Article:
PSAT Critical Reading : Adjectives and Adverbs in One-Blank Sentences

Study concepts, example questions & explanations for PSAT Critical Reading

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Example Questions

Example Question #61 : Adjectives And Adverbs In One Blank Sentences

Paula thought that her brother’s appearance was __________, with his multi-colored socks, large wig, and his ridiculous top hat.

Possible Answers:

ramshackle

confusing

unacceptable

ludicrous

embarrassing

Correct answer:

ludicrous

Explanation:

The key word in this sentence is “ridiculous,” which helps to give a sense to what Paula must have thought about the other strange aspects of her brother’s appearance. When something is “ridiculous,” it is not only strange but even more literally is “amusing” or “laughable.” (The word “ridicule” is related to “ridiculous,” both coming from the Latin for “to laugh.”) The word “ludicrous” often means “ridiculous.” It is derived from Latin roots for “to play” or “game.” A “prelude” is a piece of music “played” (in the general, non-game sense) before (“pre-”) the main concert piece.

Example Question #61 : Adjectives And Adverbs In One Blank Sentences

Patrick was eager to start his diet until he realized how __________ his meals would be in order to reduce his caloric intake.

Possible Answers:

vegetarian

unpalatable

distasteful

disgusting

meager

Correct answer:

meager

Explanation:

The only real clue in this sentence is the fact that Patrick’s eagerness was diminished due to the fact that the meals would have to have a greatly reduced caloric intake. Therefore, the best option will be one that merely captures that sense of “reduction,” without introducing other elements unnecessarily. The word “meager” does just this, meaning that something lacks quantity or is thin. In German, the word “mager,” means “lean” or “thin.”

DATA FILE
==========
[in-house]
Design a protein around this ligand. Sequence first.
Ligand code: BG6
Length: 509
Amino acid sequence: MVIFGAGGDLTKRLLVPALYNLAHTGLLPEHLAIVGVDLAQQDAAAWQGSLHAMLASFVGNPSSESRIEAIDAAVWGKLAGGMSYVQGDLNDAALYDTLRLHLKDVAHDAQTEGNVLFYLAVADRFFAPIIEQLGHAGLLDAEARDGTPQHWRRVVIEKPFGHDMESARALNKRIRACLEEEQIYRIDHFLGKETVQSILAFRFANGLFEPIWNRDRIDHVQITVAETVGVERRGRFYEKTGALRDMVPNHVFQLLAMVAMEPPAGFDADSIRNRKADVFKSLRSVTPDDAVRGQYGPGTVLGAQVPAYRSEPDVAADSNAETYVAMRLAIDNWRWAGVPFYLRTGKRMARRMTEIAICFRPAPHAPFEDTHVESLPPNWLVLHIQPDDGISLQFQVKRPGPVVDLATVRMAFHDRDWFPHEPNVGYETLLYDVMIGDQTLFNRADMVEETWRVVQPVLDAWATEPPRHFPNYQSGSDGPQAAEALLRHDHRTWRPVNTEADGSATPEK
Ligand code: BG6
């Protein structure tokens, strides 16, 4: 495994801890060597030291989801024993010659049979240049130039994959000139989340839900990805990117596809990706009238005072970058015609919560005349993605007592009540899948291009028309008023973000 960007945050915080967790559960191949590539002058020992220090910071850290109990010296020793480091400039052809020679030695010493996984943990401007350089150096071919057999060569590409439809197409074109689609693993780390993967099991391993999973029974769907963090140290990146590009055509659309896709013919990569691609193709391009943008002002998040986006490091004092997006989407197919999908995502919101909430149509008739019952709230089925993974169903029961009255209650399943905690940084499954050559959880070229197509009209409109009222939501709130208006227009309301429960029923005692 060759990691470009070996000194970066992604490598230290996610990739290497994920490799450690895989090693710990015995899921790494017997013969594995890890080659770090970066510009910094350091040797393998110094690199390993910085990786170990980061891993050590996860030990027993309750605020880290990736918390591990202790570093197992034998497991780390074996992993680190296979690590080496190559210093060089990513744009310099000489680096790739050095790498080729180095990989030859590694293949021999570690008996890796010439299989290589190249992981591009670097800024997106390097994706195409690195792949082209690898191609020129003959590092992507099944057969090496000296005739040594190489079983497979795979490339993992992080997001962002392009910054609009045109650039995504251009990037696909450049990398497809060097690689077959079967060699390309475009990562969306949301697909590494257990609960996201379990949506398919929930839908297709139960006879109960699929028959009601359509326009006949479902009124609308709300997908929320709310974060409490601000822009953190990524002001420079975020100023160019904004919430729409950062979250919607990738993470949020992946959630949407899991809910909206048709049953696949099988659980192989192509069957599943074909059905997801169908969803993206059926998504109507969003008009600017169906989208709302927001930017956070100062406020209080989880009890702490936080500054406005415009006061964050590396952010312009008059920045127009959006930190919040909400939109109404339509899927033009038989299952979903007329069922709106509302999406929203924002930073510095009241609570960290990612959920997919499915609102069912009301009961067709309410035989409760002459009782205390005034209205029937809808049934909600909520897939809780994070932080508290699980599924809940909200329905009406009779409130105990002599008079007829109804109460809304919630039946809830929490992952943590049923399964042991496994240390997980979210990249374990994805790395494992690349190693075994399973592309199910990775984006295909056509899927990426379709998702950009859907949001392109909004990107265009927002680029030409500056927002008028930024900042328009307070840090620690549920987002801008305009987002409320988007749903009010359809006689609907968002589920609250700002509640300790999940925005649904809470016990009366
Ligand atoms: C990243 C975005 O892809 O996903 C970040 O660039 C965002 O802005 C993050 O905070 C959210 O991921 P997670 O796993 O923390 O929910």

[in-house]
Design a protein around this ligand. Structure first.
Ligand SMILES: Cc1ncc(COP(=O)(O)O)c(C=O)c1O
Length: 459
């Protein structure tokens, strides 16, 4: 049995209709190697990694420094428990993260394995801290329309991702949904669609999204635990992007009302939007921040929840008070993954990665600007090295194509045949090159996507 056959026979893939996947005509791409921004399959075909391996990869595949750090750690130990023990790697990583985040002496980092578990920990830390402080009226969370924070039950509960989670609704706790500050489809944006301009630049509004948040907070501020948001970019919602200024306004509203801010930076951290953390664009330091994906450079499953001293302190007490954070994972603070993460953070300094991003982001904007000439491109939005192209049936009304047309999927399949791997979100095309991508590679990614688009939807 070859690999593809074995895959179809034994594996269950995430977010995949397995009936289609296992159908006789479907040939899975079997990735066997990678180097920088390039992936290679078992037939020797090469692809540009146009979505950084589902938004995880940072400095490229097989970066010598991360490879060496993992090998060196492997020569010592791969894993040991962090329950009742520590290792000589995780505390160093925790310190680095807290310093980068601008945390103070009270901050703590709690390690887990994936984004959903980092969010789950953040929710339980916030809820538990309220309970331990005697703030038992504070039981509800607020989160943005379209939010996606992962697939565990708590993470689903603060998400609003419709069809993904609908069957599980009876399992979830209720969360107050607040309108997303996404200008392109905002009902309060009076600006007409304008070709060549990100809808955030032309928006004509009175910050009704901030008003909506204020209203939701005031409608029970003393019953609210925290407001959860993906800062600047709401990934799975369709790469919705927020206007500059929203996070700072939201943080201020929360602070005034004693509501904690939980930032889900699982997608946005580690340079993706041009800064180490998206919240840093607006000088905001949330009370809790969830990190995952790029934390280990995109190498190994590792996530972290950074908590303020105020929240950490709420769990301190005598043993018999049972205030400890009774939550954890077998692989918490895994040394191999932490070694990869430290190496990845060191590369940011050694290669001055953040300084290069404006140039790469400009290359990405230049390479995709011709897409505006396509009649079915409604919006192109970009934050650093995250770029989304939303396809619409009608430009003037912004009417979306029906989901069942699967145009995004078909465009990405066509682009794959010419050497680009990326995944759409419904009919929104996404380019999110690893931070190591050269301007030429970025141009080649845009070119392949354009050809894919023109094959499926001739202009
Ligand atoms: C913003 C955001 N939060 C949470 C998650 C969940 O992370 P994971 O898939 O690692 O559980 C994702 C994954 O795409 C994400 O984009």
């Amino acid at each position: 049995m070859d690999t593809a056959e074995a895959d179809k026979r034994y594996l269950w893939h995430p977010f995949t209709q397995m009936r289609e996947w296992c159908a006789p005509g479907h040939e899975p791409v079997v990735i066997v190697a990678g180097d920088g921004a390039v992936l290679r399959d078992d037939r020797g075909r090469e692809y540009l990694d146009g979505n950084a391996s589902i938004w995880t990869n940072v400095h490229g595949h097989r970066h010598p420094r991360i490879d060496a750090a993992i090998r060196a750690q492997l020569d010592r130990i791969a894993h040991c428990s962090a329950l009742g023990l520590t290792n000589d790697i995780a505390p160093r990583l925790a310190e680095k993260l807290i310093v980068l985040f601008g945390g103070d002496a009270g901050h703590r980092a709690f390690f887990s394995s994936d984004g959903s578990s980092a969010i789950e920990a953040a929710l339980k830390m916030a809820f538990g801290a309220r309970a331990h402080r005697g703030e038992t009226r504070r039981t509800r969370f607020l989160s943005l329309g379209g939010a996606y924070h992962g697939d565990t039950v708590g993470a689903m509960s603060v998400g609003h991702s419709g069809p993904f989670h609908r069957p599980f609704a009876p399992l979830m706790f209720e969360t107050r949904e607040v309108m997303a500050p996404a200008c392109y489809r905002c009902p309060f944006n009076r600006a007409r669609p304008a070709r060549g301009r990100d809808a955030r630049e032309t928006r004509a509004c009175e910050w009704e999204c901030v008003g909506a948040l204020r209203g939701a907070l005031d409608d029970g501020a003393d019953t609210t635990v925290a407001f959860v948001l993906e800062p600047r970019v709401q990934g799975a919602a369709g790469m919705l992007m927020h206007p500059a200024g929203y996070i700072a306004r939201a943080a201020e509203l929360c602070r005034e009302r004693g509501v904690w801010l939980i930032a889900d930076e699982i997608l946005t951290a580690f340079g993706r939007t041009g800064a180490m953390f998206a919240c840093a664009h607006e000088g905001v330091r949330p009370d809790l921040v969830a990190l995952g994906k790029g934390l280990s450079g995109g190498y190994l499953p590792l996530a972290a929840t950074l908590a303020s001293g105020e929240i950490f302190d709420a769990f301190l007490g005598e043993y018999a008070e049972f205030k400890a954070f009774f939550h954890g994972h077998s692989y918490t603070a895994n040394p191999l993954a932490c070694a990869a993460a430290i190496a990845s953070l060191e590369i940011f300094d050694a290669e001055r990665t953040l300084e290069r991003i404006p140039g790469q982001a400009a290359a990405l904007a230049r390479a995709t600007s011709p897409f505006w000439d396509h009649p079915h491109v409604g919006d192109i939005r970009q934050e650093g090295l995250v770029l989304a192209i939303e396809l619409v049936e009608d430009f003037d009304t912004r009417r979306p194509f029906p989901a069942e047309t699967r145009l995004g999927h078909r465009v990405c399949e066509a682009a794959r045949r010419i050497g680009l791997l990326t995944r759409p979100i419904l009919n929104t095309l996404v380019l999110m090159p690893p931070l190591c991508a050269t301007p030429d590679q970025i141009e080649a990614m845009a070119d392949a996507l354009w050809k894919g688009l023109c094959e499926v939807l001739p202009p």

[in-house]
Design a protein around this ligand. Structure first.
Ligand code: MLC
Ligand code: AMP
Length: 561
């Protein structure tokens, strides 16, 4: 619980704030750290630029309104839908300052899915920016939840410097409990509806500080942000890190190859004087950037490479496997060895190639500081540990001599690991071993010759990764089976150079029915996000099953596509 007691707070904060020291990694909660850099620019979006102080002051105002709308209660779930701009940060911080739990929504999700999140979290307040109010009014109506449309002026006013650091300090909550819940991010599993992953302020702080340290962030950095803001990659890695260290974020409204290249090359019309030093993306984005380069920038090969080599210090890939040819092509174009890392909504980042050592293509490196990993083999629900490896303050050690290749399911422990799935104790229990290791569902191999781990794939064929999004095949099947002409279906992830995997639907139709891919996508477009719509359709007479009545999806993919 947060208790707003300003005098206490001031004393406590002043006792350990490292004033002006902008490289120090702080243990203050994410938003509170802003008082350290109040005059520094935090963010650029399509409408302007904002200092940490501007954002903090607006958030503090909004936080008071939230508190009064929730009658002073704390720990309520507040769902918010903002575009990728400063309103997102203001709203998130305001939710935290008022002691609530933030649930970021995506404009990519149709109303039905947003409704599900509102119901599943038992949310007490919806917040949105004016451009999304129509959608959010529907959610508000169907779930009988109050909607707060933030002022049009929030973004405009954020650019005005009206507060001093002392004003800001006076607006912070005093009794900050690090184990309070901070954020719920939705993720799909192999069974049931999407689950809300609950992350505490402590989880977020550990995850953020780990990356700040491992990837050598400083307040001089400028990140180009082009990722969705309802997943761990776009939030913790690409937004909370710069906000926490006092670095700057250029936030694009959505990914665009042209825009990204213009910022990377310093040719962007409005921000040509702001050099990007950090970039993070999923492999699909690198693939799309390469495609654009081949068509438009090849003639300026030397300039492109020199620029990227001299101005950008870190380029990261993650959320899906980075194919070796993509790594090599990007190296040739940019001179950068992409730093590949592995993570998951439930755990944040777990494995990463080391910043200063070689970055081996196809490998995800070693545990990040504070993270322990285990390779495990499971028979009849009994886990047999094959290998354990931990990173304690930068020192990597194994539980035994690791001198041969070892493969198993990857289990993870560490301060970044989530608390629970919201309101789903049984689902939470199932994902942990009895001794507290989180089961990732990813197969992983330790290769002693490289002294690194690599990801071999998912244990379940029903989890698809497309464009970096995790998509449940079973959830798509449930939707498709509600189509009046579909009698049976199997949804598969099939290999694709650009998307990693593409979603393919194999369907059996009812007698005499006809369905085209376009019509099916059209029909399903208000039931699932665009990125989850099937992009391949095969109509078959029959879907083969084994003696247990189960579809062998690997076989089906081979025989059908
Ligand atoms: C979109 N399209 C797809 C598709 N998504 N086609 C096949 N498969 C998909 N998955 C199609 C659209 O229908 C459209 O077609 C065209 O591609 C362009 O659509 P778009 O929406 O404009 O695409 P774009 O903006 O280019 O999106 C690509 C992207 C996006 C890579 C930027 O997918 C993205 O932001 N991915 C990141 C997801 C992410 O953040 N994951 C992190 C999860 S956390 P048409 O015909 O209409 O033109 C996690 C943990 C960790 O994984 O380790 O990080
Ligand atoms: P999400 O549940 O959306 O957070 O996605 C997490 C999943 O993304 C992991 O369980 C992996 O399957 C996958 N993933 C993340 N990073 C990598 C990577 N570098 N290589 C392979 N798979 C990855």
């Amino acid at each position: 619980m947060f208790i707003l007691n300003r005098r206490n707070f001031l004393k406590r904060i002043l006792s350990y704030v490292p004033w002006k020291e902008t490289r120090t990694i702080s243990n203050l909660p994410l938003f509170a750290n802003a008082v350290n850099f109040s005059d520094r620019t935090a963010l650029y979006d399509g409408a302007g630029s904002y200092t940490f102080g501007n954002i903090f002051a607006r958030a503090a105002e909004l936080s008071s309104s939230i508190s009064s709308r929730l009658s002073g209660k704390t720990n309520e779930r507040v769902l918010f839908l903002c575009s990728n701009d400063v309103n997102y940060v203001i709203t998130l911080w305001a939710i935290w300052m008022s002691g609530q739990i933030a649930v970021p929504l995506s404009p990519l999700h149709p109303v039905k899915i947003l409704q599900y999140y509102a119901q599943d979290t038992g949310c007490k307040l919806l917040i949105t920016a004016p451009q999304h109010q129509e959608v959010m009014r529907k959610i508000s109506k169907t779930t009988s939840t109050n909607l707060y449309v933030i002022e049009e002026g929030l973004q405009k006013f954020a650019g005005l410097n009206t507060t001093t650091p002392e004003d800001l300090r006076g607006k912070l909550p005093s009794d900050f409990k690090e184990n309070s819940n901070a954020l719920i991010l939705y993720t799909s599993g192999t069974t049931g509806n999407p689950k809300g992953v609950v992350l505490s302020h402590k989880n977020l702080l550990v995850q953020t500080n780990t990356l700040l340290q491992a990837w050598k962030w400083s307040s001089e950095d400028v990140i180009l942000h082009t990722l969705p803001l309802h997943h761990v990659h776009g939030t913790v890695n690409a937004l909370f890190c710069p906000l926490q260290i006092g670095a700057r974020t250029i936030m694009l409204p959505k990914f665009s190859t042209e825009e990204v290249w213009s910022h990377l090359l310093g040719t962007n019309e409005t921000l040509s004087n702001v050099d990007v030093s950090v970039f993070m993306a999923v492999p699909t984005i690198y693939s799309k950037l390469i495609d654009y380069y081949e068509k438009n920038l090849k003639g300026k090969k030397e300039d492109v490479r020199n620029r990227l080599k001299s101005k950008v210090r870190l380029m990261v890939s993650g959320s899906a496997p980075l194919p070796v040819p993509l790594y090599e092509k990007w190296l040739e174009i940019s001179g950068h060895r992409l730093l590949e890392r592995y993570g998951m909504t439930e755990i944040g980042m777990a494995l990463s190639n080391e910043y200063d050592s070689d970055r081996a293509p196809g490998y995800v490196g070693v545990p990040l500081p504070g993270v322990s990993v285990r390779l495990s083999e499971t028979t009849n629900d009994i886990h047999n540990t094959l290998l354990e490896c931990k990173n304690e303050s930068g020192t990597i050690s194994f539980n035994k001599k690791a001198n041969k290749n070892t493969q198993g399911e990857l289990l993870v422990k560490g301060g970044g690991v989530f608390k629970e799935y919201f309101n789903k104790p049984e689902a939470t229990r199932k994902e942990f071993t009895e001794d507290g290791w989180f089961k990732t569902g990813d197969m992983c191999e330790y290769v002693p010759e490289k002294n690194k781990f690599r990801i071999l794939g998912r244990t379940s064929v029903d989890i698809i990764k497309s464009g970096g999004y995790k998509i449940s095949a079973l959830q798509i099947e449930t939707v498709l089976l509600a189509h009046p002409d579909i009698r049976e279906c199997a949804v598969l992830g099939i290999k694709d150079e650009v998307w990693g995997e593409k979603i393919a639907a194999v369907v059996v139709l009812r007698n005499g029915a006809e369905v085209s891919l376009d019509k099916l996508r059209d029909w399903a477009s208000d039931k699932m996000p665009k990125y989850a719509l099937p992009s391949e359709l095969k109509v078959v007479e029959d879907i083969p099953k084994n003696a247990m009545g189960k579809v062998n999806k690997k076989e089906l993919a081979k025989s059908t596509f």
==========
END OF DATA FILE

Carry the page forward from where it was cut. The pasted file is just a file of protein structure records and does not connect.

Example Question #62 : Adjectives And Adverbs In One Blank Sentences

Baron Johann von Wulf assured his subordinates that he reached his position only by taking _________ care that no detail ever be overlooked in any undertaking.

Possible Answers:

excellent

overweening

managed

meticulous

accomplished

Correct answer:

meticulous

Explanation:

The key phrase here is “that no detail be overlooked . . .” While one could say that the Baron had excellent or perhaps even overweening care, the sentence most directly implies that he too exceptional care about details. The best option, therefore, is “meticulous,” which means to be precise and careful about every detail of something.

Example Question #63 : Adjectives And Adverbs In One Blank Sentences

Many believed that Douglas always acted in a calculated manner when, in fact, most of his choices were made in a __________ manner.

Possible Answers:

whimsical

playful

irreligious

disdainful

reflective

Correct answer:

whimsical

Explanation:

The two most tempting words here are “whimsical” and “playful,” but it is only the former that fits best. In contrast to acting “in a calculated manner,” Douglas must act in a manner that is not very reflective and not based on much forethought. Although we often say that someone is whimsical when he or she is playful, this adjective can also be used in the sense of “acting on a whim,” that is, “acting on a sudden (perhaps inexplicable) change of mind.” Therefore, “whimsical” is the best option.

Example Question #58 : Adjectives And Adverbs In One Blank Sentences

The horror movie featured completely __________ creatures that had to avoid all forms light lest they die.

Possible Answers:

lucifugal

nocturnal

diurnal

brackish

vampiric

Correct answer:

lucifugal

Explanation: